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Quick Takes #2: Short Films

July 29, 2011

Based on the song ”Thank You” by Shogo Hamada. One of the more unusual film projects, director Naoki Hashimoto set to make a double feature inspired by the works of singer / songwriter Shogo Hamada. The first film, Catch Ball (2005) was a poorly executed drama-comedy featuring two noisy kids (or chubby elementary school comedians, if you will) travelling to see their father. Kimi to aruita michi (2005), a junior high school film, is the far superior of the two. Beautifully shot with pleasing colors, slight grain and bright image, its visual appearance is slightly reminiscent of Iwai, Yamashita, and Ishikawa.

Hashimoto is not in the same league with the forementioned directors, though. His impressive images are coupled with songs that don’t quite blend in, and narration that sometimes brings it to the verge of accidental genre parody. Furthermore, the last five minutes is puzzlingly (and amusingly) bad in its uneven trendiness. But then again, taking a little less critical view on what came before it’s is actually rather nice little movie and certainly easy on the eye. Some might criticize it as bad film, but I’d be tempted to call it a good one.

Everybody wants to die in Tomoya Sato’s semi-documentaristic short film L’Ilya (2001). The 40 minute movie tries an interesting spin on the topic, adapting the view of a cinematographer turning suicides into disco-entertainment and video art. Shot harsh and grainy the pic looks pleasing but doesn’t have the courage to go to the satirical pop-dimensions of Sion Sono Suicide Club. Sato’s film is, in the end, a far more conventional offering with dramatic soundtrack and preachy message. It’s unable to bring anything of its own to the topic, mainly aiming at drawing affirmative audience reactions such as “yes, it’s a sad world indeed“. It soon becomes more frustrating than poignant.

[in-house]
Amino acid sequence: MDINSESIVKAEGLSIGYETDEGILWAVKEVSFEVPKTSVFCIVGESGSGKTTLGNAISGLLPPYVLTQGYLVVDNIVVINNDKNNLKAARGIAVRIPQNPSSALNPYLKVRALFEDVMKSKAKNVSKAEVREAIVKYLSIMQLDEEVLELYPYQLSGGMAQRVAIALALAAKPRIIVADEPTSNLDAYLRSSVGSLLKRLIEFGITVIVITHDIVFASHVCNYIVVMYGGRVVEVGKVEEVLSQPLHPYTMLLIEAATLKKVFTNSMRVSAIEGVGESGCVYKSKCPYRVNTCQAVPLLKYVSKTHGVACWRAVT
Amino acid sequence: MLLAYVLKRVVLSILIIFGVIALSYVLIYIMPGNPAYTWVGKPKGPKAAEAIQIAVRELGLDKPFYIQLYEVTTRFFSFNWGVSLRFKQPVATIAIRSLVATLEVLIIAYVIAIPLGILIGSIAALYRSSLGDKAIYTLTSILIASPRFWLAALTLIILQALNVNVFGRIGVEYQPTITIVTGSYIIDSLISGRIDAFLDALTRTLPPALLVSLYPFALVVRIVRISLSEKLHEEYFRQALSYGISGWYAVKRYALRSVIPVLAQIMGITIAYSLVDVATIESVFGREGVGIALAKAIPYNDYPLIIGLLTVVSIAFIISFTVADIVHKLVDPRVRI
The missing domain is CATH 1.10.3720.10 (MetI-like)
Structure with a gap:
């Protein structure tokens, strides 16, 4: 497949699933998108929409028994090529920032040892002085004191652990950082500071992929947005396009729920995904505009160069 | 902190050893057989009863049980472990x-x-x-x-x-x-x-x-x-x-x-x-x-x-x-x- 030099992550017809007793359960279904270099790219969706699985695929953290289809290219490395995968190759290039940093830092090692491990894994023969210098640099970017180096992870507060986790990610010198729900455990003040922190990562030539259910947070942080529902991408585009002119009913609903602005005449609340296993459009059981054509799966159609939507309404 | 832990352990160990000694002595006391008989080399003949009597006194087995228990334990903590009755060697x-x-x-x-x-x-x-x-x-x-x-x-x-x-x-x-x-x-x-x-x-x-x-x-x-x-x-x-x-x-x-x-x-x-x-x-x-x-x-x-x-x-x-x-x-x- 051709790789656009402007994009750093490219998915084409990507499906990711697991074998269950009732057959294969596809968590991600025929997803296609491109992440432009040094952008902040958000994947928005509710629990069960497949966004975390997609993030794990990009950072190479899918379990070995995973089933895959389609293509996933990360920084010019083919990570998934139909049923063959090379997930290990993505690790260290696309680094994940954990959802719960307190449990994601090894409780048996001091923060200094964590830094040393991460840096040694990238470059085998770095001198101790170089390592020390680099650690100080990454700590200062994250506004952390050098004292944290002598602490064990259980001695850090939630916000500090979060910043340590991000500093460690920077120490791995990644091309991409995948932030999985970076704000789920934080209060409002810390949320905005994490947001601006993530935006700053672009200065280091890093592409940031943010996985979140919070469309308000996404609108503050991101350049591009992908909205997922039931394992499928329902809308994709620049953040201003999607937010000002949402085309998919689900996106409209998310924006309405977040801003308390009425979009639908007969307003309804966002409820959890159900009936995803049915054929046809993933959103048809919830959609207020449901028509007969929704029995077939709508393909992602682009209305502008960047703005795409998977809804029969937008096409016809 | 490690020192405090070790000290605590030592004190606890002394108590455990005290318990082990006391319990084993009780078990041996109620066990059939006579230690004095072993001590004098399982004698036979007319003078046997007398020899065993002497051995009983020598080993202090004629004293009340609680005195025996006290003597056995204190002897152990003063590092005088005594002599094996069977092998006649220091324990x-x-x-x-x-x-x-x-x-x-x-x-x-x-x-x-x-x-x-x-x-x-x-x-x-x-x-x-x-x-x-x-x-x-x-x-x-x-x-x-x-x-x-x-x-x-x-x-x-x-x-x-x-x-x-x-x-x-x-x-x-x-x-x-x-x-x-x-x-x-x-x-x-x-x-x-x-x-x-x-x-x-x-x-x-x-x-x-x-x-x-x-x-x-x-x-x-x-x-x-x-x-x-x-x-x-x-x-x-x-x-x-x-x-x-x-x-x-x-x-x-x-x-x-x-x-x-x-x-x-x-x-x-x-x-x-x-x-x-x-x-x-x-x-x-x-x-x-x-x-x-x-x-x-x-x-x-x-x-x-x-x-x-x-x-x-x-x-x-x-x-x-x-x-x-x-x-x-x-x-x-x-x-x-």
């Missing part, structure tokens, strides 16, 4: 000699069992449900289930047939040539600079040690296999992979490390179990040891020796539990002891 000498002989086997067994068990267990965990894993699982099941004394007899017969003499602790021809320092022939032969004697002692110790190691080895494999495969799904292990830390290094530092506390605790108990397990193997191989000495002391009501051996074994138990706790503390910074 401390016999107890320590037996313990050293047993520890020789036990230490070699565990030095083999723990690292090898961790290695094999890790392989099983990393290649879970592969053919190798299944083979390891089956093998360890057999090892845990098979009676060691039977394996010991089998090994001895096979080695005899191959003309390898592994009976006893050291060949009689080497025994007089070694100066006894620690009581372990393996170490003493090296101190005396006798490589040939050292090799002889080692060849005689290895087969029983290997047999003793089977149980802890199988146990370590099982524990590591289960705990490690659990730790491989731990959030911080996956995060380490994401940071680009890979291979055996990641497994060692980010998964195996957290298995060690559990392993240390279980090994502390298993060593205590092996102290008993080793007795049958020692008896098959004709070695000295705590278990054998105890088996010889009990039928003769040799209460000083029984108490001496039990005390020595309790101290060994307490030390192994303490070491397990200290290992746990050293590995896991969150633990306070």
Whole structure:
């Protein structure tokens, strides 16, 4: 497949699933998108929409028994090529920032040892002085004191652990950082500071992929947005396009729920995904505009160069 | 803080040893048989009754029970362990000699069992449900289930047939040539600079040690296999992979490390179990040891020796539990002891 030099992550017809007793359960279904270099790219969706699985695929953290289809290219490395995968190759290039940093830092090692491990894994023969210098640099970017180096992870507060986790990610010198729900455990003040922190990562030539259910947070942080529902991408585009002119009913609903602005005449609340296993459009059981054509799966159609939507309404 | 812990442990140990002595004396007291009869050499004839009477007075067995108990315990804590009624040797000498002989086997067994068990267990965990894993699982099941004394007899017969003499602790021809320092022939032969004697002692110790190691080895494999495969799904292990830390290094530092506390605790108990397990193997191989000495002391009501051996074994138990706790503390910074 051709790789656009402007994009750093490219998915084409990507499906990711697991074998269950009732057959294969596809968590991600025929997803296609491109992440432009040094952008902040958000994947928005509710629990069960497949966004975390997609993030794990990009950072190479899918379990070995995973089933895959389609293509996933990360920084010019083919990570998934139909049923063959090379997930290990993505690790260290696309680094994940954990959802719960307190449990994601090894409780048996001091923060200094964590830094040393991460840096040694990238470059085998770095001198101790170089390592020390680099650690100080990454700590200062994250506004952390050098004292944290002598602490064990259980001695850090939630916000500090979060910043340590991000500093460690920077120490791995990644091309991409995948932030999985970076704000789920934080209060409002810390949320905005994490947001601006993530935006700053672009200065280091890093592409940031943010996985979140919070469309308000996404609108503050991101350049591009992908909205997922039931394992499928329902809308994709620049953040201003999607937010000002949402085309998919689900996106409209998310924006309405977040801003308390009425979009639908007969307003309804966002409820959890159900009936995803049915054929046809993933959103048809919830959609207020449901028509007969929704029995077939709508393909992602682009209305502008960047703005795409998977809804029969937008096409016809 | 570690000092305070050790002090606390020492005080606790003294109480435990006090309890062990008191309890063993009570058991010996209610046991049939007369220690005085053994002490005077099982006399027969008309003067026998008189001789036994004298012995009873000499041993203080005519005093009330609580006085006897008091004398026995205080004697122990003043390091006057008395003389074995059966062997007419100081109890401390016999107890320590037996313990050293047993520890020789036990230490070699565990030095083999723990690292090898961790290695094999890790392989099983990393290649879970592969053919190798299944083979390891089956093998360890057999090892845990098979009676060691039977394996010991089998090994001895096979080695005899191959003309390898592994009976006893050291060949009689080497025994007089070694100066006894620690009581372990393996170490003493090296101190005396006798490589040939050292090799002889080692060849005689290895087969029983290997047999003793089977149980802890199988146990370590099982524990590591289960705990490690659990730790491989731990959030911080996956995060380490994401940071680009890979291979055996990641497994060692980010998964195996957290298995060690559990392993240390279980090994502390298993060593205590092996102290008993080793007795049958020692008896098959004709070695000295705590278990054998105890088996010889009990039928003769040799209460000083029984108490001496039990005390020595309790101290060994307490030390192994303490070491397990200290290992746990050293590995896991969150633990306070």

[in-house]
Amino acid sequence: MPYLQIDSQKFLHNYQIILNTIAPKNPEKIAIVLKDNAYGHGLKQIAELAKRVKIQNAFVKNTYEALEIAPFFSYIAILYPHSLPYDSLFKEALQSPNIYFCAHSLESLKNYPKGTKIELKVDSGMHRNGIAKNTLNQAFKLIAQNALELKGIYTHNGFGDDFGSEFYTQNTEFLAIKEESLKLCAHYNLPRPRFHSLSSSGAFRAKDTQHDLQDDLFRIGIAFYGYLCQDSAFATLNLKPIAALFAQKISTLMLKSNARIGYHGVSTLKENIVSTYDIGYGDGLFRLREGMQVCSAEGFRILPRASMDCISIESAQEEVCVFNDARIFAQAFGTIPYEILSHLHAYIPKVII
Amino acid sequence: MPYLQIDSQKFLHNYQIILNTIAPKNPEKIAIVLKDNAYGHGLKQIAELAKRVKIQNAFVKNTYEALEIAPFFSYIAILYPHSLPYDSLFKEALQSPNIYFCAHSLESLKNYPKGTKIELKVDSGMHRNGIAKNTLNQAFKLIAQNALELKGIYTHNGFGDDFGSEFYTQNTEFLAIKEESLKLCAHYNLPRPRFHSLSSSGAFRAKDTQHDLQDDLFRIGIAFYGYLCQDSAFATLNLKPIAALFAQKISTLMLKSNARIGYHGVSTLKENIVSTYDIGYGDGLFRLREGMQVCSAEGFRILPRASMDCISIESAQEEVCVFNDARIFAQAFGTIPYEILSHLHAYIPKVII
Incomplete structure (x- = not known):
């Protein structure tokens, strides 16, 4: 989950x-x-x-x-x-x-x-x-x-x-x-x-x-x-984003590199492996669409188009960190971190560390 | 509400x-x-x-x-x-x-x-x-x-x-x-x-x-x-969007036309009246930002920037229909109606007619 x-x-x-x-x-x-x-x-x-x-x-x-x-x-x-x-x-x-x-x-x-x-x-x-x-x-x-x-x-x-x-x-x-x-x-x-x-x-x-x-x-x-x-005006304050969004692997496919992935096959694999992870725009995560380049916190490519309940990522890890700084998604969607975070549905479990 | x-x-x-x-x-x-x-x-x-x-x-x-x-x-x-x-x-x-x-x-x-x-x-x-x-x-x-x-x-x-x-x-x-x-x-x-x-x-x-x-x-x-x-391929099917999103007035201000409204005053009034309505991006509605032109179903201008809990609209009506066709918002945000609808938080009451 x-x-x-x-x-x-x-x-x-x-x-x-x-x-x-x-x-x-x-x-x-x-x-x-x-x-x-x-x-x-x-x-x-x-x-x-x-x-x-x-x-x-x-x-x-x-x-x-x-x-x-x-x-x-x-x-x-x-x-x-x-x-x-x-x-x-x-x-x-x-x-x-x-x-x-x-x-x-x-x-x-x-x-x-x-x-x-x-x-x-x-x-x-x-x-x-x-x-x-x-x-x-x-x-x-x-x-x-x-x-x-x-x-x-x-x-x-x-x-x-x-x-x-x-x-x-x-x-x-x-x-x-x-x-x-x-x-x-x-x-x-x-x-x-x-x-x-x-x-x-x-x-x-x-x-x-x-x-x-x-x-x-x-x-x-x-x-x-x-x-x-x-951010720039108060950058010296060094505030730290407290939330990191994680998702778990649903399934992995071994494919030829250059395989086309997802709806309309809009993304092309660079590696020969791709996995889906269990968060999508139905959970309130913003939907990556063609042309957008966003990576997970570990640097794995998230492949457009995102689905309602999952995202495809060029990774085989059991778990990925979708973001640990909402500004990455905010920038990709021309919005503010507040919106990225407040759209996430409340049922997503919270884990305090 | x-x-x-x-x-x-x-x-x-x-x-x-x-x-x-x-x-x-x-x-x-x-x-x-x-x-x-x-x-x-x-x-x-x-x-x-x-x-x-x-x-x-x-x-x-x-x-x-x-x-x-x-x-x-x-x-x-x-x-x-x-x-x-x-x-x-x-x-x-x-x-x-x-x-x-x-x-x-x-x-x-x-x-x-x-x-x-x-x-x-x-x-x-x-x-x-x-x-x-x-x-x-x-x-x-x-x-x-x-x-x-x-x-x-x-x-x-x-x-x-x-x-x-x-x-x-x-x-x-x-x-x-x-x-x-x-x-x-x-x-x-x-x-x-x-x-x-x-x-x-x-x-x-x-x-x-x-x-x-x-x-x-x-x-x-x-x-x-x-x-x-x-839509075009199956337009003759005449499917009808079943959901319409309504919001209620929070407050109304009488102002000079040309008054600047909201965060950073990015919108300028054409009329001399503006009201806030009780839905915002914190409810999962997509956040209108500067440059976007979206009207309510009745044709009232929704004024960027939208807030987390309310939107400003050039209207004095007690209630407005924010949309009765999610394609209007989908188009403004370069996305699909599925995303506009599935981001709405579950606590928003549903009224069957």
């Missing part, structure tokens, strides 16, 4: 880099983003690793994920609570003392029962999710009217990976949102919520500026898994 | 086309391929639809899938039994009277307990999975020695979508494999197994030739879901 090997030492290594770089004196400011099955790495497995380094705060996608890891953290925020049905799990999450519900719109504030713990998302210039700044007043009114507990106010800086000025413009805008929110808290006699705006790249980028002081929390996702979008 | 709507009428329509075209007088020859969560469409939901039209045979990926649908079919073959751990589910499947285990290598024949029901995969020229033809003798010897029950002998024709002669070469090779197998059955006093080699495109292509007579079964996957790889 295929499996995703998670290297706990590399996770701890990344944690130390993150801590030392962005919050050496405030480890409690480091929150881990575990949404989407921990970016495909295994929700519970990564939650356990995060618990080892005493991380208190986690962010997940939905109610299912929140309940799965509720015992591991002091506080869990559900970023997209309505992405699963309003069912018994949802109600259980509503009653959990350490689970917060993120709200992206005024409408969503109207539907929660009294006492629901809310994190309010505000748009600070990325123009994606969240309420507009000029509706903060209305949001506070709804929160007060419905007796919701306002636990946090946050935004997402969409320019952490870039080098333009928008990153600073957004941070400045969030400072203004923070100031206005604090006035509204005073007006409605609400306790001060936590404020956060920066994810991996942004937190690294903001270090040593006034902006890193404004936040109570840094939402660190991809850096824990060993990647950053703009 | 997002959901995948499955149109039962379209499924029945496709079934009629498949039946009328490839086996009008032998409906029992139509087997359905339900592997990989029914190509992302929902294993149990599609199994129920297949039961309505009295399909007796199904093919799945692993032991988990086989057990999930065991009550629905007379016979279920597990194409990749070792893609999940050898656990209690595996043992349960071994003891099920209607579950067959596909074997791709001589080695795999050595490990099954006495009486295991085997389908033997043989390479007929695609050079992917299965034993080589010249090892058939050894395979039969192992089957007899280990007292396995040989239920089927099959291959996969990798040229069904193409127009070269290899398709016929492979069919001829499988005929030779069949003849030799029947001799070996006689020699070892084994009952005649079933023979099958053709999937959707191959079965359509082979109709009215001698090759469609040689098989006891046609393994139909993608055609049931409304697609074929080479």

One of Nobuhiro Yamashita’s many gun-for-hire gigs, Dohyogiwa no aria (2010) is a “cell phone romance” aimed at female audiences. The four part series was originally distributed as cell phone download content through AU’s Lismo Channel. Each of the five minute episodes covers a piece of the protagonist’s life, starting from childhood and proceeding to present moment: the wedding day. And yes, the series does feature Chiaki Kuriyama dressed up as a 12 year old, a 15 year old, etc., as part of the fun. Pacing is set with portable device in mind, however, the series does work on bigger screen as well. It’s nicely shot, and while Yamashita’s true slacker days may be long gone, his recognizable touches can still be seen. Chia-chan here is essentially a feminine reincarnation of the Yamashitan loser hero – not quite a Hiroshi Yamamoto, but facing the same communication problems nevertheless.

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